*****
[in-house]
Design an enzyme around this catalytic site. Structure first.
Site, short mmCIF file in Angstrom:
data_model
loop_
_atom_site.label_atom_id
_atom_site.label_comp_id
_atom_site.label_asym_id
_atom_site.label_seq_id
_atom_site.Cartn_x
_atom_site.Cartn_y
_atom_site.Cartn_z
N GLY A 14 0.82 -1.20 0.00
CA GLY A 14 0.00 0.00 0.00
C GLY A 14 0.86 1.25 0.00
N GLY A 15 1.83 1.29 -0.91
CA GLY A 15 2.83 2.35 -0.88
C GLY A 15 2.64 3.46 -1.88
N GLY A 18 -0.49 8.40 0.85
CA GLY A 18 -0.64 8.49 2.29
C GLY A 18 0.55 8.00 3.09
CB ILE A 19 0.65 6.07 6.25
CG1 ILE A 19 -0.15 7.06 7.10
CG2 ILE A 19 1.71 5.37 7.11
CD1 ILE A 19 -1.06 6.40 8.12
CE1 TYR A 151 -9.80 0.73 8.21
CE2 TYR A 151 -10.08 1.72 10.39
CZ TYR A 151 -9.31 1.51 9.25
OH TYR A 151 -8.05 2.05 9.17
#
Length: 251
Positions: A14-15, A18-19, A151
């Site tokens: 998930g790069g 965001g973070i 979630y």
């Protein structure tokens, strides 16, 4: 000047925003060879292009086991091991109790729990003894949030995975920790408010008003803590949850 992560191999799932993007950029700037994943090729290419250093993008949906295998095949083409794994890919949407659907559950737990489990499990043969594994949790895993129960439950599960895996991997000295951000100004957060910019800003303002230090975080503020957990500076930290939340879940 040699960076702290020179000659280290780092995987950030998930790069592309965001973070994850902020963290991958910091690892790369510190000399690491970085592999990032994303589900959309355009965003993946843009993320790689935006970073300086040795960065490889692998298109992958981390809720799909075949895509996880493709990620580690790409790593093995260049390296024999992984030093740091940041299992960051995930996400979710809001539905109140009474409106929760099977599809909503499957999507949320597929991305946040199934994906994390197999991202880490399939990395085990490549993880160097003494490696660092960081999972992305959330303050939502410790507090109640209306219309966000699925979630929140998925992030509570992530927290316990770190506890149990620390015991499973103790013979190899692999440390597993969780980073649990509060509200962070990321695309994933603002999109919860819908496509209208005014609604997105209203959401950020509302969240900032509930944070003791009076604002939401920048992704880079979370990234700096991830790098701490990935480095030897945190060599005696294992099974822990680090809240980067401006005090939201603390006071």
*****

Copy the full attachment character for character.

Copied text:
[in-house]
Design an enzyme around this catalytic site. Structure first.
Site, short mmCIF file in Angstrom:
data_model
loop_
_atom_site.label_atom_id
_atom_site.label_comp_id
_atom_site.label_asym_id
_atom_site.label_seq_id
_atom_site.Cartn_x
_atom_site.Cartn_y
_atom_site.Cartn_z
N GLY A 14 0.82 -1.20 0.00
CA GLY A 14 0.00 0.00 0.00
C GLY A 14 0.86 1.25 0.00
N GLY A 15 1.83 1.29 -0.91
CA GLY A 15 2.83 2.35 -0.88
C GLY A 15 2.64 3.46 -1.88
N GLY A 18 -0.49 8.40 0.85
CA GLY A 18 -0.64 8.49 2.29
C GLY A 18 0.55 8.00 3.09
CB ILE A 19 0.65 6.07 6.25
CG1 ILE A 19 -0.15 7.06 7.10
CG2 ILE A 19 1.71 5.37 7.11
CD1 ILE A 19 -1.06 6.40 8.12
CE1 TYR A 151 -9.80 0.73 8.21
CE2 TYR A 151 -10.08 1.72 10.39
CZ TYR A 151 -9.31 1.51 9.25
OH TYR A 151 -8.05 2.05 9.17
#
Length: 251
Positions: A14-15, A18-19, A151
């Site tokens: 998930g790069g 965001g973070i 979630y």
């Protein structure tokens, strides 16, 4: 000047925003060879292009086991091991109790729990003894949030995975920790408010008003803590949850 992560191999799932993007950029700037994943090729290419250093993008949906295998095949083409794994890919949407659907559950737990489990499990043969594994949790895993129960439950599960895996991997000295951000100004957060910019800003303002230090975080503020957990500076930290939340879940 040699960076702290020179000659280290780092995987950030998930790069592309965001973070994850902020963290991958910091690892790369510190000399690491970085592999990032994303589900959309355009965003993946843009993320790689935006970073300086040795960065490889692998298109992958981390809720799909075949895509996880493709990620580690790409790593093995260049390296024999992984030093740091940041299992960051995930996400979710809001539905109140009474409106929760099977599809909503499957999507949320597929991305946040199934994906994390197999991202880490399939990395085990490549993880160097003494490696660092960081999972992305959330303050939502410790507090109640209306219309966000699925979630929140998925992030509570992530927290316990770190506890149990620390015991499973103790013979190899692999440390597993969780980073649990509060509200962070990321695309994933603002999109919860819908496509209208005014609604997105209203959401950020509302969240900032509930944070003791009076604002939401920048992704880079979370990234700096991830790098701490990935480095030897945190060599005696294992099974822990680090809240980067401006005090939201603390006071």